James Anderson Receives NSF CAREER Award

Electrical engineer designs controllers for large-scale networked systems such as the internet, power grids, and self-driving vehicles

Feb 21 2022 | By Holly Evarts
James Anderson headshot

James Anderson, assistant professor of electrical engineering, has received a National Science Foundation (NSF) CAREER award for his work on developing randomized algorithms for the analysis and control of large-scale cyber-physical systems, such as connected autonomous cars, smart power grids, and even the internet.

“My group is focused on a fundamental problem in scientific computing: how to design scalable algorithms capable of producing optimal solutions in as close to real-time as possible,” said Anderson, who works at the interface of engineering and computational mathematics.“Our goal is to use feedback control to provide robust, reliable, and secure autonomy to large-scale networked systems, from swarms of drones flying in formation to smart city infrastructure.”

Modeling and designing controllers for large-scale systems is technically and computationally challenging at best and can, in the worse case, be impossible. Distributed control attempts to alleviate the computational problem by moving from one large centralized decision maker to multiple smaller decision makers spread throughout the network. From a theoretical perspective, distributed control is unfortunately a considerably more difficult problem. Despite recent progress in distributed control, there is a large gap between the complexity and magnitude of the systems that engineers can control and the complexity of systems that they want to control.

Speed and accuracy are often competing goals. While researchers can increase accuracy by supplying more data, they frequently find that they have more data than they can possibly compute with in any reasonable amount of time. “Luckily for us, real data is often noisy and/or incomplete, and we exploit this,” noted Anderson, who is also a member of the Data Science Institute. “Randomized algorithms enable us to navigate the trade-off between accuracy and computational tractability without having to use all the data.”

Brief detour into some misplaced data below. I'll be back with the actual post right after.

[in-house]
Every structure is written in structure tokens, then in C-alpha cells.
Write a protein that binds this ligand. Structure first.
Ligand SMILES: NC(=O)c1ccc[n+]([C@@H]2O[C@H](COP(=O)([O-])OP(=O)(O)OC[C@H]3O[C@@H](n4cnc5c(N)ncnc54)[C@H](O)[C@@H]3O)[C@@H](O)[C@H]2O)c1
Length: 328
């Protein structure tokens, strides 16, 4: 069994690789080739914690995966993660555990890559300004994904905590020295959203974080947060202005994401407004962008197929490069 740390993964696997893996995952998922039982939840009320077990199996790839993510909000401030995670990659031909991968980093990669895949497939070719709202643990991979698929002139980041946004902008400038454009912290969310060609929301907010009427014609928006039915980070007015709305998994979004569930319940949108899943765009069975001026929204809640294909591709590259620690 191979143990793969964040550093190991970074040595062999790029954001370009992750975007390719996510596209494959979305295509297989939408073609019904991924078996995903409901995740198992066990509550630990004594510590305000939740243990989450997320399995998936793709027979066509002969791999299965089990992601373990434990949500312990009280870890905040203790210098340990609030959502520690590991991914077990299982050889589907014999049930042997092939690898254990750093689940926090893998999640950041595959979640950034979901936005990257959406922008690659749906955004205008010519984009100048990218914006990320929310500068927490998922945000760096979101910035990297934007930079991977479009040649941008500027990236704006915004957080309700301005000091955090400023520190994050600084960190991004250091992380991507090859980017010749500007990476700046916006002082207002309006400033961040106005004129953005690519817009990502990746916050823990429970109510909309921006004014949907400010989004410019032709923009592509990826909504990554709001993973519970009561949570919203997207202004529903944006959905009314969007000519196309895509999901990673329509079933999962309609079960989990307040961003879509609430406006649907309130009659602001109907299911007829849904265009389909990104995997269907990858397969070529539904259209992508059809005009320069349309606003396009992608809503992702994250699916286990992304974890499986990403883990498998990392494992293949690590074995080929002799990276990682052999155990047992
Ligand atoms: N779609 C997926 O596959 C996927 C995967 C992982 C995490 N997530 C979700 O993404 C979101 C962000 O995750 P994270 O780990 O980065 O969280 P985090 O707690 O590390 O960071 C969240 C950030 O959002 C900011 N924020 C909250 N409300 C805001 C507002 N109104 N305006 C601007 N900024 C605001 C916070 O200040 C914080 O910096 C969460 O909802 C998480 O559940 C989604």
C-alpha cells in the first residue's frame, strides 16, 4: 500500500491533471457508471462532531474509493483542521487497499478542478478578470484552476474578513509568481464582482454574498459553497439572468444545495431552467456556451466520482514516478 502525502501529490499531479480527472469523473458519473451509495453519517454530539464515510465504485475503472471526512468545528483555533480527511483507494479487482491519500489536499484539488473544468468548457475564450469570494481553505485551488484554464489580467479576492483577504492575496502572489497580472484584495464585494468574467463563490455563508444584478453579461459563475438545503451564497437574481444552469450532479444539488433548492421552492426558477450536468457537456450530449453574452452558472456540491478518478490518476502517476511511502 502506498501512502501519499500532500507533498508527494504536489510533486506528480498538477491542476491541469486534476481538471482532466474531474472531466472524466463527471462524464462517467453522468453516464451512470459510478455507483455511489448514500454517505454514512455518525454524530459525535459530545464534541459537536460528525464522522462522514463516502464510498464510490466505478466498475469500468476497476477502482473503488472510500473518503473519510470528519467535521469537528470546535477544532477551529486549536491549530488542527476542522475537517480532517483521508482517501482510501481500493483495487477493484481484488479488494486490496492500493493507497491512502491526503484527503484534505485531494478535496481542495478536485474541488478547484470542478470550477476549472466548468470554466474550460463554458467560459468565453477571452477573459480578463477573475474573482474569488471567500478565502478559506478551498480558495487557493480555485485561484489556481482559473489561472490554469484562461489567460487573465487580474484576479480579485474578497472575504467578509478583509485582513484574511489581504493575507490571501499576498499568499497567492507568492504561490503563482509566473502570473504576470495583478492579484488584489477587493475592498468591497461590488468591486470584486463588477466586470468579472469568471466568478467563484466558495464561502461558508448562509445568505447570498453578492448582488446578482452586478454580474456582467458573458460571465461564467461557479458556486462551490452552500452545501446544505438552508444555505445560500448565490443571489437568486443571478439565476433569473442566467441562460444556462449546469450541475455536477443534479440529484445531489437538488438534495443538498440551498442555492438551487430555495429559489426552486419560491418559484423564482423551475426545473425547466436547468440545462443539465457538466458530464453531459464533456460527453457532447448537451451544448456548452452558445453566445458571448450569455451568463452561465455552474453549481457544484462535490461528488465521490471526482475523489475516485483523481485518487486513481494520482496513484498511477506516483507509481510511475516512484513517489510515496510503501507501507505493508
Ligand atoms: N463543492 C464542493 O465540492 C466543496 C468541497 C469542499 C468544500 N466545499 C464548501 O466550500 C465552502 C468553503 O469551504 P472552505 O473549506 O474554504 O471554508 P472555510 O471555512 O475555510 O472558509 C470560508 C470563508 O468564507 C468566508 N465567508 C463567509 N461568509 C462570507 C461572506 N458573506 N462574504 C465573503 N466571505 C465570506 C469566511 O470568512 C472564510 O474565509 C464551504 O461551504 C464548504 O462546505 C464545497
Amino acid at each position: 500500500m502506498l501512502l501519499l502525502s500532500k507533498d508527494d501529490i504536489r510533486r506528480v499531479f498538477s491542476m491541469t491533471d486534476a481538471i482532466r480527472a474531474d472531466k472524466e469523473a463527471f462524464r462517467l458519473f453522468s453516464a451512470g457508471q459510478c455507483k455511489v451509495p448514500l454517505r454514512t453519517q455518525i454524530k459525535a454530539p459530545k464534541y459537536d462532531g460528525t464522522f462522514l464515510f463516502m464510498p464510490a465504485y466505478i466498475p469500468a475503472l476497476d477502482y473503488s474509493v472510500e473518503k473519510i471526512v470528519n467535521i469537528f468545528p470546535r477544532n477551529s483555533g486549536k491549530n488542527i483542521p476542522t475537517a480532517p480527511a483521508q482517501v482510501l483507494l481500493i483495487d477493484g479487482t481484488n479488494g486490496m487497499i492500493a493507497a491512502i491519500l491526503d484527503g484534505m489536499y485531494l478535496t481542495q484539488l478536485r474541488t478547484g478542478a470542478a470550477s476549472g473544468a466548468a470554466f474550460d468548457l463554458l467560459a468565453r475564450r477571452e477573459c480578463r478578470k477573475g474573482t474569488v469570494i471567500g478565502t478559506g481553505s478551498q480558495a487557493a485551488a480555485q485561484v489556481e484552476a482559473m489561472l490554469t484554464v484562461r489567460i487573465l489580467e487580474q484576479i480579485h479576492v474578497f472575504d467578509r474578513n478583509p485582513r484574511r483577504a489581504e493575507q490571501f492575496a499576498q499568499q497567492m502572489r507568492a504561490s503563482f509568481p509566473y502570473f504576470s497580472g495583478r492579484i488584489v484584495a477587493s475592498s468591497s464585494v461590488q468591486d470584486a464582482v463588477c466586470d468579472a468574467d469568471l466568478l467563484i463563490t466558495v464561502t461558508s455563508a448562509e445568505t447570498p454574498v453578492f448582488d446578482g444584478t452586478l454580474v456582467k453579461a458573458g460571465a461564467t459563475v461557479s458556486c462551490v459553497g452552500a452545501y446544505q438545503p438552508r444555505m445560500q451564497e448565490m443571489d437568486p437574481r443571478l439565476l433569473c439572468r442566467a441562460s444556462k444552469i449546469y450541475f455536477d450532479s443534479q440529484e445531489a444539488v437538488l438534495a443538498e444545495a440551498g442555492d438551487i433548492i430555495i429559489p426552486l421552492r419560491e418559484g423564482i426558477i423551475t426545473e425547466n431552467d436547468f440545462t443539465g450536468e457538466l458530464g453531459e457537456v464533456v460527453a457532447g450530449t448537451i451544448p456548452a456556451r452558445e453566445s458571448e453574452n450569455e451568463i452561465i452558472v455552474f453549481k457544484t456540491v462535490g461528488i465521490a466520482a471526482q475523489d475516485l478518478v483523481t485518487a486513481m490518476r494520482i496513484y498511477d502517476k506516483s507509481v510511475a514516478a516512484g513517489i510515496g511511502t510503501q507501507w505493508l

The five-year, $500,000 NSF grant will support Anderson’s work of creating randomized algorithms and embedding them into workflows for modeling, analysis, control, and optimization of large networked-systems. For years, researchers have been focusing on high-precision solutions and as a result have been beaten by the curse of dimensionality. Taking a different approach, Anderson will embrace the messiness of real data and will formulate “approximate” solutions using randomization, at a fraction of the cost of high-precision solutions. Correctly designed, these approximate solutions provide comparable levels of performance and robustness, while allowing us to work with systems of an unprecedented size.

“Our work will bridge the gap between theory, scalable computation, and data privacy and thus help make autonomous systems that we depend upon safe and reliable,” Anderson added. “We expect our results will enable the widespread adoption of distributed control in the aerospace, robotics, automotive, and energy industries.”

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